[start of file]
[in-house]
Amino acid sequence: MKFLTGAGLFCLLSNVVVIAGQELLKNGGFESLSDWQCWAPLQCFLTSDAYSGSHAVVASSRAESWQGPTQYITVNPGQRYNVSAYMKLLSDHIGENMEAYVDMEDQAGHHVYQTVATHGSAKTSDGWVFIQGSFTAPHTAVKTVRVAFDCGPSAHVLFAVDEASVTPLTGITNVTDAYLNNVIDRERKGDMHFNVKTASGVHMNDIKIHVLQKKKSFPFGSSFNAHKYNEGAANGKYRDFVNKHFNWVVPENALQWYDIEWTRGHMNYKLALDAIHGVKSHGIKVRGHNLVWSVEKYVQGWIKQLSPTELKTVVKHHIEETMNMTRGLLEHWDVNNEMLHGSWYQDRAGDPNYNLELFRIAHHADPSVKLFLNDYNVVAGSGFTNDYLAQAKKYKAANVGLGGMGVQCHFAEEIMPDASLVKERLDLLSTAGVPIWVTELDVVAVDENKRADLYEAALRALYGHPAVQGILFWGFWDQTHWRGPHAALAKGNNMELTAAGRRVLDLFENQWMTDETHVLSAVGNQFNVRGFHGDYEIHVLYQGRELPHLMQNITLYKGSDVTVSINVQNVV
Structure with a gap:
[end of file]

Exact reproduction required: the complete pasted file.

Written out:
[in-house]
Amino acid sequence: MKFLTGAGLFCLLSNVVVIAGQELLKNGGFESLSDWQCWAPLQCFLTSDAYSGSHAVVASSRAESWQGPTQYITVNPGQRYNVSAYMKLLSDHIGENMEAYVDMEDQAGHHVYQTVATHGSAKTSDGWVFIQGSFTAPHTAVKTVRVAFDCGPSAHVLFAVDEASVTPLTGITNVTDAYLNNVIDRERKGDMHFNVKTASGVHMNDIKIHVLQKKKSFPFGSSFNAHKYNEGAANGKYRDFVNKHFNWVVPENALQWYDIEWTRGHMNYKLALDAIHGVKSHGIKVRGHNLVWSVEKYVQGWIKQLSPTELKTVVKHHIEETMNMTRGLLEHWDVNNEMLHGSWYQDRAGDPNYNLELFRIAHHADPSVKLFLNDYNVVAGSGFTNDYLAQAKKYKAANVGLGGMGVQCHFAEEIMPDASLVKERLDLLSTAGVPIWVTELDVVAVDENKRADLYEAALRALYGHPAVQGILFWGFWDQTHWRGPHAALAKGNNMELTAAGRRVLDLFENQWMTDETHVLSAVGNQFNVRGFHGDYEIHVLYQGRELPHLMQNITLYKGSDVTVSINVQNVV
Structure with a gap: